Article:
I am gonna assume here, that they naiively put salt in to kick start the conductivity, and didn’t notice it was in chloride mode. If you wanna boost the hydroxide ions, use a hydroxide dammit. Then the issue is that you probably can’t get it dry enough for long term storage because it’s highly hygroscopic.

    1. Hmmm baking soda should have worked, on account of it turning into a hydroxide pretty quickly when it gives up its carbon dioxide and hydrogen in electrolytic reactions. I am wondering if they cribbed this from somewhere and got it confused with salt. Might take 20 mins longer from soak to power though until it’s converted.

      1. Gah, first thoughts I said just carbon dioxide, then had 1.5 thoughts and put hydrogen, now a full second thought later yeah, the hydrogen doesn’t need to go anywhere, just stay in another OH species derp.

    1. I can’t remember, how many usages of the word “pedantic” in the comments on an article let’s me fill in a HaD comment bingo square? If it’s 2 or less then everyone can mark that off their paper. Also note “clickbait” was also referenced once so that’s another one. If we can get a “how is this a hack” I’ll have bingo!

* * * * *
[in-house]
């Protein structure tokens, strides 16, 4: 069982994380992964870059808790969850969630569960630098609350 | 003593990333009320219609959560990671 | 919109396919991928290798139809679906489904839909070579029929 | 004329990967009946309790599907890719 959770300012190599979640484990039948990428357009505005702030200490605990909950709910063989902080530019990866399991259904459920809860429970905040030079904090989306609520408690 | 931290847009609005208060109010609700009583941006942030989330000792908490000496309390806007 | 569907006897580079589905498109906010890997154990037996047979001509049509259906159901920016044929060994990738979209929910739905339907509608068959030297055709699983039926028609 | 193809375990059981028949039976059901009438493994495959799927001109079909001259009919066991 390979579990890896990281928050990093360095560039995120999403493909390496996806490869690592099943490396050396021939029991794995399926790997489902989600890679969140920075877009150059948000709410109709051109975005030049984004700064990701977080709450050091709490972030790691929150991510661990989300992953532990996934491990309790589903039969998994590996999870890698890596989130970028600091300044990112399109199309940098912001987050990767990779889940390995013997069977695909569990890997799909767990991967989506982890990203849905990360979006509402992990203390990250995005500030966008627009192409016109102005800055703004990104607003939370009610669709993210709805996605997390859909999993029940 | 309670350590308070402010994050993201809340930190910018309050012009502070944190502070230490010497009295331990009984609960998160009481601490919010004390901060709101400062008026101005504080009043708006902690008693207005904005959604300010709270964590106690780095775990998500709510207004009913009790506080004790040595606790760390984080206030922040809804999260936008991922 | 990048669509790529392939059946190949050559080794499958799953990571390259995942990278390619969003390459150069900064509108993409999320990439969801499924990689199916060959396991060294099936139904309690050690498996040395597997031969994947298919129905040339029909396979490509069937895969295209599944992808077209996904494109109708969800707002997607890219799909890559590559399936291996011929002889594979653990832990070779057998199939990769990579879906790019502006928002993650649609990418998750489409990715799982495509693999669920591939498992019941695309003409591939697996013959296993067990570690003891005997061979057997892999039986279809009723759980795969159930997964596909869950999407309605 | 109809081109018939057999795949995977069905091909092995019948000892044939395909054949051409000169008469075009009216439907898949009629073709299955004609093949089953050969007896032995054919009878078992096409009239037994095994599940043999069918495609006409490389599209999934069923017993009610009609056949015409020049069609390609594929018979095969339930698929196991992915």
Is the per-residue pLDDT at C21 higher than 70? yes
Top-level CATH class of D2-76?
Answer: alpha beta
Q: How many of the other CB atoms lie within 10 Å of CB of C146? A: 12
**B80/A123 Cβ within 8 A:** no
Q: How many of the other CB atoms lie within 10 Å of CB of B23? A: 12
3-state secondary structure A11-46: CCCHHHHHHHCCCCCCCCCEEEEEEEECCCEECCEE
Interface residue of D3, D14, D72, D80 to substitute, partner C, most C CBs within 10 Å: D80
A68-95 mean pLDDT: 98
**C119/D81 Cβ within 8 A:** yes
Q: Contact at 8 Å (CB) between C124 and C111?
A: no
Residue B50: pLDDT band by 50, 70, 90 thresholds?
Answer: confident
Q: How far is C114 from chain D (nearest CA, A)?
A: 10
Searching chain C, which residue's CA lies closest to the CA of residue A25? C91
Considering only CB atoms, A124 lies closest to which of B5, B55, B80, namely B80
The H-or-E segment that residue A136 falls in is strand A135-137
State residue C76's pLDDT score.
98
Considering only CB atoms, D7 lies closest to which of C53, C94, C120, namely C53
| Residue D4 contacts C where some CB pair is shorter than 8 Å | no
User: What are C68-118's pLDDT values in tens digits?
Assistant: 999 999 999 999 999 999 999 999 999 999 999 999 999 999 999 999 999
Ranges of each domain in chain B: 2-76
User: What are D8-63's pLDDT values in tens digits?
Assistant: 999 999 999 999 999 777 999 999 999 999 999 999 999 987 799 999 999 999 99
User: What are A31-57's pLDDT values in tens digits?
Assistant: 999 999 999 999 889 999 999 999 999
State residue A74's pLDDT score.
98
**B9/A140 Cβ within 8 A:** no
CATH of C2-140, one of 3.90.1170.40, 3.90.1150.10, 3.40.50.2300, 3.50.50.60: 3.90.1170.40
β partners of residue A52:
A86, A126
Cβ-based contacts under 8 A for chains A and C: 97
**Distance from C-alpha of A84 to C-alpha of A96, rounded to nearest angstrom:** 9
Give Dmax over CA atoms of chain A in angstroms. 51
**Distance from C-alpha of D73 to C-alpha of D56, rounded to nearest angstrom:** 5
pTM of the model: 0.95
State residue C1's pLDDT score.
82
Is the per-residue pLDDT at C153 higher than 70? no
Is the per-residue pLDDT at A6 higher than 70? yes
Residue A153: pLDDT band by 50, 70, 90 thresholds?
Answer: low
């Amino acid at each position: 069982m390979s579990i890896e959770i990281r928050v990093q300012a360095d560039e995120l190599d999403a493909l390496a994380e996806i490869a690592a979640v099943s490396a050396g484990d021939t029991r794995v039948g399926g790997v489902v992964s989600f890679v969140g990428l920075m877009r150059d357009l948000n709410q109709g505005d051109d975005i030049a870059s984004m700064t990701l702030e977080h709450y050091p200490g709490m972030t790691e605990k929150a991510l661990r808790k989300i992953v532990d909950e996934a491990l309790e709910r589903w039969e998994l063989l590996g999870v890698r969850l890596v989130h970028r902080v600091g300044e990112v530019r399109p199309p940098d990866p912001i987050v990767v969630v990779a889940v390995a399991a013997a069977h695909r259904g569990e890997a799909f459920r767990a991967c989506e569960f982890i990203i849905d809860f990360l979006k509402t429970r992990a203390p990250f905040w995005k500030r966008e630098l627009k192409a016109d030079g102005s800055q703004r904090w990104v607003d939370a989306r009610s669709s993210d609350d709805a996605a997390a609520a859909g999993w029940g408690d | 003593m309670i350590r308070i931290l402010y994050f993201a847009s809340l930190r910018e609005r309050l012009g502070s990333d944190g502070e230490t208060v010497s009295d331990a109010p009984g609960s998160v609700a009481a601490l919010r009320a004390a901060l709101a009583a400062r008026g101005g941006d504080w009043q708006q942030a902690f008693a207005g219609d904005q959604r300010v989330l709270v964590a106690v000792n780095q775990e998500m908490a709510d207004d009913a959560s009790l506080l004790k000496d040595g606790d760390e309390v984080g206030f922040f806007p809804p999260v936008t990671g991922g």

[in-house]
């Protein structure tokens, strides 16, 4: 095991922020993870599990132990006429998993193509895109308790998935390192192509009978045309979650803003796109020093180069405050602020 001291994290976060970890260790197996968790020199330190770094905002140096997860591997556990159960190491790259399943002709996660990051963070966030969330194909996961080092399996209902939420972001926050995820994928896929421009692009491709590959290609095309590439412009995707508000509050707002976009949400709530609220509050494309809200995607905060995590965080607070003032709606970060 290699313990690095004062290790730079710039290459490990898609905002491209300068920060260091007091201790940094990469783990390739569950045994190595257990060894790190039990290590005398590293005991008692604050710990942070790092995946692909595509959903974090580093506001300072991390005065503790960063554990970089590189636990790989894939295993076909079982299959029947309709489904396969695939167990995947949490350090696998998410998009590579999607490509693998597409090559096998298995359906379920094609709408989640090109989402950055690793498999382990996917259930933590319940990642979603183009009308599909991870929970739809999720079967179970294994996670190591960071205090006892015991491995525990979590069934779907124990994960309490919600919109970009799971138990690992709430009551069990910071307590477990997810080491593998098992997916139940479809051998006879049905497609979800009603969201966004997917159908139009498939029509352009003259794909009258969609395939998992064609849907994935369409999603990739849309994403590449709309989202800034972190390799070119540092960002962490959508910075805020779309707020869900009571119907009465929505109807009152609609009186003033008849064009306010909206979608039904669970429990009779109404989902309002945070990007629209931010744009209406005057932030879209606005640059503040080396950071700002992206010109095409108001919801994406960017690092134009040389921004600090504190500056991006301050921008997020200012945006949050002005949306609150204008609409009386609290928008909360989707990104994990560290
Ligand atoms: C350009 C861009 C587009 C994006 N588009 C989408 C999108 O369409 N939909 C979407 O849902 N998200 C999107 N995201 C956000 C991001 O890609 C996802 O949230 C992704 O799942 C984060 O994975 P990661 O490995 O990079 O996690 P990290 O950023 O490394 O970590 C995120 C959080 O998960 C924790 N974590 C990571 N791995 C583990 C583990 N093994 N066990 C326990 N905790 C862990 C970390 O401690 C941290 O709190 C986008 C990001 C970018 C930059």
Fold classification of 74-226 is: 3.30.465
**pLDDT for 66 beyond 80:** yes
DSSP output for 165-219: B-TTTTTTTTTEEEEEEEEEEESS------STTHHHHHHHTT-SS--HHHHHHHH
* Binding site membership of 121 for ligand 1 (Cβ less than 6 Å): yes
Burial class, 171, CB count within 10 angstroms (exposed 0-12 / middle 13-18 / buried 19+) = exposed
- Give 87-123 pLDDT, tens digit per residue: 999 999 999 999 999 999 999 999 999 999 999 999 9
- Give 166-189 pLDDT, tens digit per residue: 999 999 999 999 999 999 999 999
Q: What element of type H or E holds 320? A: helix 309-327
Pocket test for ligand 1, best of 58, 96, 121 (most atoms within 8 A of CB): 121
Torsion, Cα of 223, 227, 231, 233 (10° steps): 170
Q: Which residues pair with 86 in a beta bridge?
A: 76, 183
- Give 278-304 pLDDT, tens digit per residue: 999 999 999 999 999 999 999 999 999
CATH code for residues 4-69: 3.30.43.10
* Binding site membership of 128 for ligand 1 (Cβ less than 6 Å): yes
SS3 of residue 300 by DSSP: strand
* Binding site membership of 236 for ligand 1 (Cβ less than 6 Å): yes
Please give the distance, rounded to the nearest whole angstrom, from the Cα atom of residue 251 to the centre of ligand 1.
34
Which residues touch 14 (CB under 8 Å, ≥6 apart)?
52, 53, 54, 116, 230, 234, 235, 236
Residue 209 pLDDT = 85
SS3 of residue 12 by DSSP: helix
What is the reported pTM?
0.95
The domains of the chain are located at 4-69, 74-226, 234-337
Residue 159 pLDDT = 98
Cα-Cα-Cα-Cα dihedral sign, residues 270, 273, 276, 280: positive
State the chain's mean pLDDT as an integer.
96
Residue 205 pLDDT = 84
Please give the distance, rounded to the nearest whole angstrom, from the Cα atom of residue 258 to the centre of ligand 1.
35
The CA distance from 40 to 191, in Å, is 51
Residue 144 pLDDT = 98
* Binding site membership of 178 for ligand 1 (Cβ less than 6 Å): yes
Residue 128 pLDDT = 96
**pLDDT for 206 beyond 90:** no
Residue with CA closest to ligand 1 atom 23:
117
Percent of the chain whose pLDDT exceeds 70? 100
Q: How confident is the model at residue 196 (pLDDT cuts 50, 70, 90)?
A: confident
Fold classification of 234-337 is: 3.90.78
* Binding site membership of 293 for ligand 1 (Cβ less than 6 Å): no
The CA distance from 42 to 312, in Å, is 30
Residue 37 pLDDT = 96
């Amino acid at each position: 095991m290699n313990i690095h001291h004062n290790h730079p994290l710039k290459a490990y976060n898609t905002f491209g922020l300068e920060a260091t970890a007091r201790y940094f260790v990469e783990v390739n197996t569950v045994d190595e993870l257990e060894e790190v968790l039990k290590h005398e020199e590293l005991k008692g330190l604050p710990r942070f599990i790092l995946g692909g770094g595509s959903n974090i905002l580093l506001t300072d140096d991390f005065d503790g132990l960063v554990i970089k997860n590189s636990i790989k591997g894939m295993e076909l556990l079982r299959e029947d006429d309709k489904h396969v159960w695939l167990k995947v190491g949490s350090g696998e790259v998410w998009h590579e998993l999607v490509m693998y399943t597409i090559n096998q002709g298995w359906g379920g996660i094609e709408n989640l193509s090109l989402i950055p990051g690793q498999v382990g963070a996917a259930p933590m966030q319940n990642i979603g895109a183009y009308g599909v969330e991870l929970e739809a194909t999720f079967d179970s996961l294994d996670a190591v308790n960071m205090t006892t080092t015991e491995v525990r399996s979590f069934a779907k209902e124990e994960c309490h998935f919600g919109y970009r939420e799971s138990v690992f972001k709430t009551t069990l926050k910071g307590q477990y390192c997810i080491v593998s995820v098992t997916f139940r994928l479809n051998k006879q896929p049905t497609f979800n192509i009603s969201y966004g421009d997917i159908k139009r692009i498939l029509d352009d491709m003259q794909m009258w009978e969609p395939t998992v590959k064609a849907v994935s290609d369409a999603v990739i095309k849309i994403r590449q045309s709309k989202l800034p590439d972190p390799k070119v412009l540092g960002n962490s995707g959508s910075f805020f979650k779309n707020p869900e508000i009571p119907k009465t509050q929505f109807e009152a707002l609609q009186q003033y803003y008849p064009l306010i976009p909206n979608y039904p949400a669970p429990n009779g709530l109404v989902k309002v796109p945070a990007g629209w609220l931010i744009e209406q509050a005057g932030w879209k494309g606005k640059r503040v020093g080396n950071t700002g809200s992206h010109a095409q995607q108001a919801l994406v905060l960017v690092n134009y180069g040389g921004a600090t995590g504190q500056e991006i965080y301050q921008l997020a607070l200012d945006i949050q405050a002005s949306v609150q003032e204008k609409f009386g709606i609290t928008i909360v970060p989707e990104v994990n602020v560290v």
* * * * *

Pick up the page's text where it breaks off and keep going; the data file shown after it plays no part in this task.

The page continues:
1. “I could go all pedantic on the many reasons this clickbait article is not a hack, but I cannot because there is no edit button here, in this forum, in 2022.”

        There ya go. :) Yahtzee!

    2. The first rule of writing is “know your audience”. The HaD audience is well known for being interested in, and commenting on, technical details.

      That being the case, it’s easy to predict we’ll have things to say about an article whose title of the form “replace X with Y” for a Y that can only ‘replace’ X in a trivial and not particularly useful case. So easy, in fact, that doing so counts as a writing fail.

      At that point a writer may as well just add “ingredient four will shock you!” (though in this case, not much) and be done with it.

  6. IMHO, you should name the battery after the most expensive component/ingredient. In this case, it is a Zinc battery. Zinc is currently $3.51/kg.